Marielle Lucenio and Jeoffrey Maitem| 2021.02.16
President Rodrigo Duterte has accused the United States of keeping arms depots in the Philippines and turning one of the country’s bays into an American military base.
Duterte’s comments late Monday night followed a demand he made last week for Washington to “pay” Manila in order to extend the Visiting Forces Agreement (VFA), a 22-year-old bilateral defense pact which he has threatened to scuttle.
“Do you know that there are so many depots that there [are] many arms stationed in the Philippines by America?” Duterte said in his weekly televised address.
“And do you know that they are slowly converting Subic into an American base?” the president said, referring to the former U.S. naval base in Subic Bay that Washington exited in 1992, at the end of the Cold War.
Duterte didn’t provide any proof for these alleged U.S. actions and said he got this information from the Armed Forces of the Philippines.
Since the United States military vacated Clark Air Base and Subic Bay Naval Base, in 1991 and 1992, respectively, they have been transformed into freeports and investment zones.
The Philippine Navy has occasionally used Subic.
On Tuesday, the U.S. State Department did not comment directly on Duterte’s latest claims, and responded with the very statement it sent to BenarNews last week after the Philippine president made his earlier comments on the VFA.
“We value our alliance with the Philippines, which is the oldest in the Asia-Pacific region, and we will continue to look for ways to further strengthen and advance security cooperation that furthers shared security challenges and respects human rights,” a spokesman for the department said in an email on Tuesday.
“Open dialogue between allies is essential to maintaining the strength of an alliance which is vital to both of our countries’ security.”
BenarNews also contacted the United States Embassy in Manila on Tuesday, but a spokeswoman declined to comment on Duterte’s statements. Meanwhile, the press office at the U.S. Department of Defense did not immediately respond to an emailed request for comment.
‘Cannot put price tag on value of VFA’
Over the weekend, Philippine Vice President Leni Robredo and Sen. Panfilo Lacson slammed as “extortion” Duterte’s comments from last Friday demanding payment from the U.S. if it wanted to extend the VFA.
In a tweet that he has since deleted, Lacson, who heads the Senate committee on national defense, had said that “one cannot put a price tag on the value of the VFA” and that the Philippines was “not a nation of extortionists,” the Manila Bulletin news site reported.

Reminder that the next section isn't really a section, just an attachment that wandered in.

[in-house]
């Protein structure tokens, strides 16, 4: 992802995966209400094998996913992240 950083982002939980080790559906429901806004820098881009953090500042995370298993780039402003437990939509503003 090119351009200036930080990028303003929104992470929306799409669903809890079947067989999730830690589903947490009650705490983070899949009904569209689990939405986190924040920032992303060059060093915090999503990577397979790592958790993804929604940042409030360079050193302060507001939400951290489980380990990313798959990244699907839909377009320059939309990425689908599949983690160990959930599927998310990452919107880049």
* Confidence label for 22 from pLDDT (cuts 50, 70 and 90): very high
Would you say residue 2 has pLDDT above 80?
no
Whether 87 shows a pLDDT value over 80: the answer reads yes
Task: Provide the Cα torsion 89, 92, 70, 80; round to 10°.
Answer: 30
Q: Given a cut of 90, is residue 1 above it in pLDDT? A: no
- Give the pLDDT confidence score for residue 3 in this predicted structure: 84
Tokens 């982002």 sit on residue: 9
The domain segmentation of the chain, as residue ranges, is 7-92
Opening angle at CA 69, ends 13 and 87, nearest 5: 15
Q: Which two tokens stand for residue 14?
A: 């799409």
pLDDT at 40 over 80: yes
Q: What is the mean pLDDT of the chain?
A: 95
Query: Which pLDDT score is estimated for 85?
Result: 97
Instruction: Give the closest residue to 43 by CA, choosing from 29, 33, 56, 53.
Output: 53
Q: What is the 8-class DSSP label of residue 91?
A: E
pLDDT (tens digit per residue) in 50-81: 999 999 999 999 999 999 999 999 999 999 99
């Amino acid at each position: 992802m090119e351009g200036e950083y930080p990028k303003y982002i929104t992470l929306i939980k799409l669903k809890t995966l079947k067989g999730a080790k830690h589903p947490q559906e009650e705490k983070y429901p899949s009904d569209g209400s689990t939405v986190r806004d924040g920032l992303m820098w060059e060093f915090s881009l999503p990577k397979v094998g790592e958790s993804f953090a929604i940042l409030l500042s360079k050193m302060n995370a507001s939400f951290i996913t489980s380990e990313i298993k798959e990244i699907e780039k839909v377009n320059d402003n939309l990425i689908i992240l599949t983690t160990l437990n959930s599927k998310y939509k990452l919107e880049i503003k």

Albert del Rosario, a former Philippine foreign secretary, said Duterte’s stance on the VFA was “incomprehensible” and “unfortunate.”
Duterte made his comments about the VFA after Lloyd Austin, the new U.S. defense secretary, and Philippine counterpart Delfin Lorenzana reaffirmed their nations’ commitment to the military alliance during an introductory phone call last week.
Pentagon spokesman John Kirby said that their Feb. 10 conversation underscored the “value the VFA brings to both countries.”
And last month, the Philippine defense chief described the U.S. as a “stabilizing force” in the disputed South China Sea and the Indo-Pacific region.
Still, Duterte on Monday defended his demand saying that Washington considered the Philippines – a former American colony – as its “outpost.”
Were a war to break out between China and the U.S. over the South China Sea, the Philippines would be dragged into the conflict, Duterte said.
“The meltdown will start in Palawan. It’s the province facing the Spratlys and everything there,” he said, referring to a disputed southwestern archipelago.
Signed in 1999, the VFA allows for large-scale joint military exercises in the Philippines between the two allies. It also governs the U.S. military presence in the Southeast Asian country and places American forces there under United States jurisdiction. However, the text of the agreement makes no mention of payments.
Duterte first threatened to end the pact in February last year. Then, last June, he put that plan on hold for six months.
In November, the Philippines gave itself another six months to decide whether to keep the military pact with the U.S. alive because, officials said, bilateral efforts had brought “the renewal of stability” in the South China Sea.
On Monday, presidential spokesman Harry Roque said he believed it was only fair that Washington should enhance military aid to Manila, because the Philippines could get caught in the middle of a potential war.
“[O]urs is an independent foreign policy – friends to all, enemy to none. But because of the presence of American troops, the Philippines can be a target in case war breaks out between the U.S. and China because we have allowed the presence of American troops and equipment here,” Roque said.
“And because of the damages that the presence of the Americans can bring us, it is just right that we get paid by the Americans if they were to stay here in the Philippines.”